An ambush on a bus traveling through Kenya‘s northeast border with Somalia by gunmen suspected to be al-Shabab militants is making headlines around world. The gory of the attack is not the focus, rather a rare and daring display of unity against religious extremism.
The incident reportedly happened on Monday in Mandera County located in northern Kenya after the suspected gunmen shot the bus several times.
At the risk of death, a group of Kenyan Muslims protected their fellow Christian passengers by refusing to split into groups – Muslims on one side, Christians and other religious devotes on the other.
“We stuck together tightly,” Abdi Mohamud Abdi, a Muslim passenger aboard the vehicle, told Reuters. “We even gave some non-Muslims our religious attire to wear in the bus so that they would not be identified easily. “
“The militants threatened to shoot us but we still refused and protected our brothers and sisters. Finally they gave up and left but warned that they would be back”.
The bus was reportedly heading for Nairobi. The road is considered very risky and has seen several deadly attacks in the past.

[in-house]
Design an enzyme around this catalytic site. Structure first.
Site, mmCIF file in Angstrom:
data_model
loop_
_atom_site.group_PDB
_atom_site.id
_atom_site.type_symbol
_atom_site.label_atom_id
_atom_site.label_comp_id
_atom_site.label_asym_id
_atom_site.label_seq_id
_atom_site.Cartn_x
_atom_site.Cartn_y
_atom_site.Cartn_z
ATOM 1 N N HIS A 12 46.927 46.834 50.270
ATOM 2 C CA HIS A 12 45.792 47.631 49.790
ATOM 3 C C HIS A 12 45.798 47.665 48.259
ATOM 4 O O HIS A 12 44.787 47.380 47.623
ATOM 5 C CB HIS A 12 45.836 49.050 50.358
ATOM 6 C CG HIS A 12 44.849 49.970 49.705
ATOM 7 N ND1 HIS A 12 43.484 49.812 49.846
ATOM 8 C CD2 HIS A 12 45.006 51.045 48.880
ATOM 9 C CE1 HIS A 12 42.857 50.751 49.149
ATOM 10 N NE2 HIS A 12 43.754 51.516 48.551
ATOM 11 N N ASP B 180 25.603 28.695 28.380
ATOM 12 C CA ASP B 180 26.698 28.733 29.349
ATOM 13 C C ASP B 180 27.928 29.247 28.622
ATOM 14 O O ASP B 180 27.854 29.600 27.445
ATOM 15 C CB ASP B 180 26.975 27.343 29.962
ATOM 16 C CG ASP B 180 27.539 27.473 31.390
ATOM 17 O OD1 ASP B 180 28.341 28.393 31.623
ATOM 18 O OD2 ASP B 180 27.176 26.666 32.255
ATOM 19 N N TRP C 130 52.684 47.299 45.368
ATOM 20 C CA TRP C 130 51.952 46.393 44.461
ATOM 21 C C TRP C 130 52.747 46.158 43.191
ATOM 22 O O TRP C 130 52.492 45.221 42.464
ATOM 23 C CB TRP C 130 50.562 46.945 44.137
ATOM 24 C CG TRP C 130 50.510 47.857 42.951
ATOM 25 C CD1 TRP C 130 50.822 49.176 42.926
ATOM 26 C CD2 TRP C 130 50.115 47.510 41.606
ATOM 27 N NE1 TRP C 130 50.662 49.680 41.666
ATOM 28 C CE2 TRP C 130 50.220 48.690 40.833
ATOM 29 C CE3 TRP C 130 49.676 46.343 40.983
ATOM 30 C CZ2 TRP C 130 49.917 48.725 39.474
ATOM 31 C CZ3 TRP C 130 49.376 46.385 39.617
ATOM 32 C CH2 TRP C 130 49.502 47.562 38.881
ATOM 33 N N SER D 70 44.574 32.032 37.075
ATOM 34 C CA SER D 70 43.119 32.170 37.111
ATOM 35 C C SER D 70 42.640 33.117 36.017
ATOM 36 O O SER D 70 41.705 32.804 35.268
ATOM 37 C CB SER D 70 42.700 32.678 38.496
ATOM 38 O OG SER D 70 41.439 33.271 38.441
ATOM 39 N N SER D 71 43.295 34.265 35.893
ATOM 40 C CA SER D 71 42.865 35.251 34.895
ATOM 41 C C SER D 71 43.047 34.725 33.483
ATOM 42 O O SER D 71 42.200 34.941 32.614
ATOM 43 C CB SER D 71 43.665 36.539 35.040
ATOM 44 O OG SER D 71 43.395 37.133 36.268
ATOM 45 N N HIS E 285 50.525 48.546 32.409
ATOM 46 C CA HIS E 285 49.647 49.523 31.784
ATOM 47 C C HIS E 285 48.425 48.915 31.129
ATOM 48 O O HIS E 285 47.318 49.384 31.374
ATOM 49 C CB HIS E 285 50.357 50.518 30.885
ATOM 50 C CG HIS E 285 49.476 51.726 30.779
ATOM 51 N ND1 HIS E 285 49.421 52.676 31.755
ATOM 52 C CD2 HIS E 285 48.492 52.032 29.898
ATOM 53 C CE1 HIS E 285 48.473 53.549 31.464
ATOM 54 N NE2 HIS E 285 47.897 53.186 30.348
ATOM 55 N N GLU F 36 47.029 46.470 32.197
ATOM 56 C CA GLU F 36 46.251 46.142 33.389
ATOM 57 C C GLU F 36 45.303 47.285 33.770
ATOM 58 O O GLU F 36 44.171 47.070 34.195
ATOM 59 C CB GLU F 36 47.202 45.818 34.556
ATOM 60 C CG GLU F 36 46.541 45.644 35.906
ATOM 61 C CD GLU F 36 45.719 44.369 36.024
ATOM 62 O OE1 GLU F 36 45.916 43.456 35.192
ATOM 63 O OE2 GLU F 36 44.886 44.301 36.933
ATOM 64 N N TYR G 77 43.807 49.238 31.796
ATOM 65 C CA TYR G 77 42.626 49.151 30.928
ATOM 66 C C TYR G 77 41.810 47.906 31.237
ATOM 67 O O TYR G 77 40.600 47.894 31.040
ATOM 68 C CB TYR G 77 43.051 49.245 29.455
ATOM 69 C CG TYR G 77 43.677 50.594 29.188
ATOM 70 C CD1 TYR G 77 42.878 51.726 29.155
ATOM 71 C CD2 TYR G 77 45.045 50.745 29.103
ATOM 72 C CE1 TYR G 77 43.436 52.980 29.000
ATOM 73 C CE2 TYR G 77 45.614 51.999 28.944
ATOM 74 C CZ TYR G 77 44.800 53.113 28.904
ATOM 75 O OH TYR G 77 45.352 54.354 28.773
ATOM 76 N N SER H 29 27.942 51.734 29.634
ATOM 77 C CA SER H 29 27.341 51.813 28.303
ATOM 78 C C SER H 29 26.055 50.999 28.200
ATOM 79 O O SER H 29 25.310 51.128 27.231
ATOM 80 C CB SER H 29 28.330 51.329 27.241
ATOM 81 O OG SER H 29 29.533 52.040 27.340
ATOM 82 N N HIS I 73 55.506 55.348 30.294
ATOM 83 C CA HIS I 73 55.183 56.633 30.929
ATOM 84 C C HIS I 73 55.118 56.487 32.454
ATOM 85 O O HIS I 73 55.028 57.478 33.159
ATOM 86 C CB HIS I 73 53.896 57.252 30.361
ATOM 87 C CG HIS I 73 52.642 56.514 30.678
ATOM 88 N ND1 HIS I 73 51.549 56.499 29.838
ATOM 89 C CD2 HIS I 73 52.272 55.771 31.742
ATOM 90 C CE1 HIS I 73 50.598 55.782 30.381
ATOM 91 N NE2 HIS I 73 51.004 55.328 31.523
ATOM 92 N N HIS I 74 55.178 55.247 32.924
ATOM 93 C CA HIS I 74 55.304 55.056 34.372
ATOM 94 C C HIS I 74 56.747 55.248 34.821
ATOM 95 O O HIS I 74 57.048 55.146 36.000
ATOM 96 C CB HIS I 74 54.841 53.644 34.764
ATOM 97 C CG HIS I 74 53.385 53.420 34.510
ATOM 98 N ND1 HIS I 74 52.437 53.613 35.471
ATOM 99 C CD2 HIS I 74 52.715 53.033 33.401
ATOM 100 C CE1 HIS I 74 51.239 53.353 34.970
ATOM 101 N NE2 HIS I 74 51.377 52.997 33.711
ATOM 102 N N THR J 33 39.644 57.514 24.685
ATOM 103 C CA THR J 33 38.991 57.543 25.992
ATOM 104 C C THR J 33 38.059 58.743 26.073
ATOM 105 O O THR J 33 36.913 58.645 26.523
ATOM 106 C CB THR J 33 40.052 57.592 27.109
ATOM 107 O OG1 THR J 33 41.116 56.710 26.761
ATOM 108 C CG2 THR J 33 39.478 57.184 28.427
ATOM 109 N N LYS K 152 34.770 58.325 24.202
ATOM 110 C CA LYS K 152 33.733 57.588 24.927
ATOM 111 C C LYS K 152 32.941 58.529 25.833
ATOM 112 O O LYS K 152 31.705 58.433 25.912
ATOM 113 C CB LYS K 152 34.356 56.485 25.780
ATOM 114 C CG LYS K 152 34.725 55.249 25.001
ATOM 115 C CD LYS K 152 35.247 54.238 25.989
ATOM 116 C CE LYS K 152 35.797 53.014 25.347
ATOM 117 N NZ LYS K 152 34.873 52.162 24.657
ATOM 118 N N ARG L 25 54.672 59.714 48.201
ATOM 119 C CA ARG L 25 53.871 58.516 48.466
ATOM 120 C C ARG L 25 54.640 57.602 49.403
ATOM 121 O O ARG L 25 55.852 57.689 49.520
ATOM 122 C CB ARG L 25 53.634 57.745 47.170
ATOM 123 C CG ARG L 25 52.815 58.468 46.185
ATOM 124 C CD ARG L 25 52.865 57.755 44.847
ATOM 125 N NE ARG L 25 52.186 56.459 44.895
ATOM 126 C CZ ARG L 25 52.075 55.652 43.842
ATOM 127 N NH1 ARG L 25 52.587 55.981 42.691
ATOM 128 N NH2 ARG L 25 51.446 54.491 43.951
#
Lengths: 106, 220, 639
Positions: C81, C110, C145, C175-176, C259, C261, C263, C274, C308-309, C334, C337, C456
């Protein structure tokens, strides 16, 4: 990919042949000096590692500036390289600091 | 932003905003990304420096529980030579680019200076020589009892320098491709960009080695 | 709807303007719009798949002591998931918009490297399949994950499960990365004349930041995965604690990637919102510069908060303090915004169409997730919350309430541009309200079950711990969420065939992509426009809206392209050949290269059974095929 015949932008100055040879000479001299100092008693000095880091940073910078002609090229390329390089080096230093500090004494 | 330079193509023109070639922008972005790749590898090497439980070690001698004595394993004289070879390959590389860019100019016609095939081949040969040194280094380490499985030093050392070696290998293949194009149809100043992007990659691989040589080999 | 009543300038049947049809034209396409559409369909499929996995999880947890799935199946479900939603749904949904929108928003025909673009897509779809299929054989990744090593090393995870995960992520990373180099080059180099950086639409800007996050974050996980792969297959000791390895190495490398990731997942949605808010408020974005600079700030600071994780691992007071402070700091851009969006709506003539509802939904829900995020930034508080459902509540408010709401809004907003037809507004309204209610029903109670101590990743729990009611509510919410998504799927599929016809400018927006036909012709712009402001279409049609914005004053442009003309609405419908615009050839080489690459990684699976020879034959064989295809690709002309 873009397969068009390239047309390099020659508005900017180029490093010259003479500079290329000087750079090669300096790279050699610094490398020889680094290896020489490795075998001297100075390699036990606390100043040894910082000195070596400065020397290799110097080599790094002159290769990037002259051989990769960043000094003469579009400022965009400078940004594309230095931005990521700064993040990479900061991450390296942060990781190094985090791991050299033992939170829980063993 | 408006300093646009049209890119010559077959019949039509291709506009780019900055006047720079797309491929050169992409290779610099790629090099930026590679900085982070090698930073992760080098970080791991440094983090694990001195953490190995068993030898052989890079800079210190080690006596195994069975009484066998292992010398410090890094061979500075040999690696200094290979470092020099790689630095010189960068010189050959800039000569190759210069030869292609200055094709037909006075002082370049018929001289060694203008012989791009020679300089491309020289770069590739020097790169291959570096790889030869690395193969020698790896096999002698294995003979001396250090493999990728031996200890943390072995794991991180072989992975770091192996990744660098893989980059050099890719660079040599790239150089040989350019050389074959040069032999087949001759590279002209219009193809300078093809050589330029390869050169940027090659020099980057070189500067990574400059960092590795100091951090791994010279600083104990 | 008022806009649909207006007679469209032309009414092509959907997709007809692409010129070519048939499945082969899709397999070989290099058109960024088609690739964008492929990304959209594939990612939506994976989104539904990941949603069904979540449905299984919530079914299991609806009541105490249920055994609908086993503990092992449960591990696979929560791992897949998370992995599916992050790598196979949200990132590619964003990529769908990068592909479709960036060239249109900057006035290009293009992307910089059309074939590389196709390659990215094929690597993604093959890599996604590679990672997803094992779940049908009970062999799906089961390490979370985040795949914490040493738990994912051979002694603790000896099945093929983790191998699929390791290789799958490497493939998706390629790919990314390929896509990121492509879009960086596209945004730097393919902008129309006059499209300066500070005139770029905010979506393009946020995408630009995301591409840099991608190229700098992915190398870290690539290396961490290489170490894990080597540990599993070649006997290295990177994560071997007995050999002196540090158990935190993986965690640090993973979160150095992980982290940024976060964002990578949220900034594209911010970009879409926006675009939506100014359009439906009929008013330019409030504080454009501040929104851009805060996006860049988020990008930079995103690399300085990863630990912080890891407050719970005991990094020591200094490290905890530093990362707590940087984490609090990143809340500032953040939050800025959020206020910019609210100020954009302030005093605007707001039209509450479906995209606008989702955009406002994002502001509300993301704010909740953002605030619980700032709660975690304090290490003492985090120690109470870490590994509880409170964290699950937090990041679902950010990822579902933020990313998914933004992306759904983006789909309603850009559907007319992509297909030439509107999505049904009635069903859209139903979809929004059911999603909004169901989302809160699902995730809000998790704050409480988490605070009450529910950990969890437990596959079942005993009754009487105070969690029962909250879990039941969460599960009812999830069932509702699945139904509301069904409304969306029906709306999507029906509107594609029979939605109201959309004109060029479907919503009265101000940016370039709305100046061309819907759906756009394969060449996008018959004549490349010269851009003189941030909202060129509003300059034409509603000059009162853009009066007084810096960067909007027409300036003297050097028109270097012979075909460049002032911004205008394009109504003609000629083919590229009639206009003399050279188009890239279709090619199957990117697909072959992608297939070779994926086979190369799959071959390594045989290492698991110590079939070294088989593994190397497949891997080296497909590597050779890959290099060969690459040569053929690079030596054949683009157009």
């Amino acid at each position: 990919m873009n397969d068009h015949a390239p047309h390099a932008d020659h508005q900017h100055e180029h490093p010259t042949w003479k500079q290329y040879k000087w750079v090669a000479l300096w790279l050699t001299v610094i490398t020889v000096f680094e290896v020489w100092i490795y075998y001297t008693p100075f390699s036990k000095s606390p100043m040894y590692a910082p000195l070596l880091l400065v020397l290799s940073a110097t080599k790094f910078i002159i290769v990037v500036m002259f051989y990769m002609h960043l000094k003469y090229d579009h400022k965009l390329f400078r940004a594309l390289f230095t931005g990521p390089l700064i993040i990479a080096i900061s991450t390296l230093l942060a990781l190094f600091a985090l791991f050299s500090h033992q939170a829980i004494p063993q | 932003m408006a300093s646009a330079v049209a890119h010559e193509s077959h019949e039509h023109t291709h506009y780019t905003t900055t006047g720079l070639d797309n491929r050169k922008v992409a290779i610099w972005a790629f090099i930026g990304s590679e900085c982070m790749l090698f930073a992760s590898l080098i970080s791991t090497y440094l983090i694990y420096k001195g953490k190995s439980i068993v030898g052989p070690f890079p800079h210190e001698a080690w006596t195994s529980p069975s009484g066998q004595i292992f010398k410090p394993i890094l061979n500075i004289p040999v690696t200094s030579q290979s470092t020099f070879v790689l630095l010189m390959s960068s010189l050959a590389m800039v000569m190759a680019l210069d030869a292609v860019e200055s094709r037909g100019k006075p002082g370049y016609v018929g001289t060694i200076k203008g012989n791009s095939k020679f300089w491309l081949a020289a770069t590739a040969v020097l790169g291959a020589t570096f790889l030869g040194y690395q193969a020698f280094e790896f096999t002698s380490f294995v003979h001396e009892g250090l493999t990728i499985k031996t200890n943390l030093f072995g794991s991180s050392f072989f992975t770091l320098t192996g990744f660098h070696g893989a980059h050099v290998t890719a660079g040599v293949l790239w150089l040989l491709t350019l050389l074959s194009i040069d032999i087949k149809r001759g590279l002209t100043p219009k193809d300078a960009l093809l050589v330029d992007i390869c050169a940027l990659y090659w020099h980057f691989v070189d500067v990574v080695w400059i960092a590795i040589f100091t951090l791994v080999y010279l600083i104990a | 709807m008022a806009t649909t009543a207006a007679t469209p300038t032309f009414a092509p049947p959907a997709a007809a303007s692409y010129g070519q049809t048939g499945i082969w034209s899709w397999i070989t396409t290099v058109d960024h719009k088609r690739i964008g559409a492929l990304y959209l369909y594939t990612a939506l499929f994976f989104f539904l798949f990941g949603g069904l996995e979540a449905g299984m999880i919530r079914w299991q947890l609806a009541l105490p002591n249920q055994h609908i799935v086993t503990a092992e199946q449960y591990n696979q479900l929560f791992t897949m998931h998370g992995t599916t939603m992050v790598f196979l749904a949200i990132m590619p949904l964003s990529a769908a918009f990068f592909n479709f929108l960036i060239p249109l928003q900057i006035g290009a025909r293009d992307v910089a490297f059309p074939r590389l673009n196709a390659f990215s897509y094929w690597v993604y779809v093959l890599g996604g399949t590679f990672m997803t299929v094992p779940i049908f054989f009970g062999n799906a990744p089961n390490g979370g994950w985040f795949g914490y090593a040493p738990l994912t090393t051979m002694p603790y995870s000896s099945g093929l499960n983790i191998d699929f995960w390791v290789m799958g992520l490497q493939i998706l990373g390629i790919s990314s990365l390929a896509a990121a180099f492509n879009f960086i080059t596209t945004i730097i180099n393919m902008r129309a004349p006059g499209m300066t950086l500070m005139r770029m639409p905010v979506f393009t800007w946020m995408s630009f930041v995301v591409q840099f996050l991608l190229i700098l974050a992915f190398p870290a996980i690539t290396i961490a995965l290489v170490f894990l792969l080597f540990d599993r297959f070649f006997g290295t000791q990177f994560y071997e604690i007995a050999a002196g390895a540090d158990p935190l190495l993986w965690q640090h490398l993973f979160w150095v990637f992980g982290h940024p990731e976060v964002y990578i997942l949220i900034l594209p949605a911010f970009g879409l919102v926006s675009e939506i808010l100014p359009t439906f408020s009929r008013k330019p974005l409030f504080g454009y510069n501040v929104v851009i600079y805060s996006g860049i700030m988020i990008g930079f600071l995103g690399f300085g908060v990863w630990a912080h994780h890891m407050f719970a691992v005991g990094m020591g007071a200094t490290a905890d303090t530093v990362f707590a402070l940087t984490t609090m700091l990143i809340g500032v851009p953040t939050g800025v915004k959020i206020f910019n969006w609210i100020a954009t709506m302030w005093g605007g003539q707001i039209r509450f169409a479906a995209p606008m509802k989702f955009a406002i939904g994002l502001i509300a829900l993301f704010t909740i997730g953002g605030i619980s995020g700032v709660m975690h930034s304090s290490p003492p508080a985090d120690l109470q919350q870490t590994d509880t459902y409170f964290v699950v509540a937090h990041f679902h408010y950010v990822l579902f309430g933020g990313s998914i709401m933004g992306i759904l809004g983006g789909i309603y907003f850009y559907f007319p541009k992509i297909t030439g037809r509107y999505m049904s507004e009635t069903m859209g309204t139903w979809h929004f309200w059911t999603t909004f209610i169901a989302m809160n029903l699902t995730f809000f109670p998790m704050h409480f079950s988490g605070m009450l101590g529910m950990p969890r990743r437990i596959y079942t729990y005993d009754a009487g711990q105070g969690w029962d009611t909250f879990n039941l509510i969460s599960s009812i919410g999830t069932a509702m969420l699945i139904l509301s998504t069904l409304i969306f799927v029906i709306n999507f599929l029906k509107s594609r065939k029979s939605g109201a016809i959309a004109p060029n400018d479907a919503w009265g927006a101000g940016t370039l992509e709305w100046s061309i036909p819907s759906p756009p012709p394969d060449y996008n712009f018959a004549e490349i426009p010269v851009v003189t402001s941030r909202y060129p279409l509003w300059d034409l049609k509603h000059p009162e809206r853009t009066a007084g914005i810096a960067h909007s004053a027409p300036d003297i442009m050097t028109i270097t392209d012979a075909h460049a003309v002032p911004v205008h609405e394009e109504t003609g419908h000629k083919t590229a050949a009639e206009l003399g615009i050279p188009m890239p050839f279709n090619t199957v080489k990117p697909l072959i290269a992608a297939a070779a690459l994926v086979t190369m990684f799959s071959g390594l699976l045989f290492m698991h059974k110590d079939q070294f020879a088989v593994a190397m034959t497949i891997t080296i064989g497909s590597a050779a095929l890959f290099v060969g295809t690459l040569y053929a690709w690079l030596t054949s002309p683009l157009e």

About 28 non-Muslim passengers were reportedly killed by militants on the same route last year. After the attack, officials beefed up security in the area. Police escorts were ordered to accompany buses traveling the road.
Joseph Nkaissery, Kenya’s interior cabinet secretary, said in this particular incident the police vehicle broke down and the bus continued the journey alone.
A few hours into the journey without police escorts, the bus came under fire. Ten suspected al Shabab militias mounted the bus. They commanded the passengers get down and separate themselves into groups.
However, the passengers, who were mostly women, refused. They dared the militants to kill them all.
“The locals showed a sense of patriotism and belonging to each other,” Mandera Governor Ali Roba said.
Two people were killed before the militants escaped as another vehicle approached. Three other passengers sustained injuries in the attack.
The Somali Islamist militant group al-Shabab has carried out fatal retaliatory attacks against Kenya. The group, which aims to make Somalia a fundamental Islamic state, say the attacks are in retaliation for Kenya’s participation in the African Union peacekeeping efforts in the war-torn country.
The group with links to al-Qaida also claims northeastern Kenya to be a part of Somalia. Shabab say the attacks against Kenya will continue until Kenya withdraws its troops from Somalia.
Photo: Al Jazeera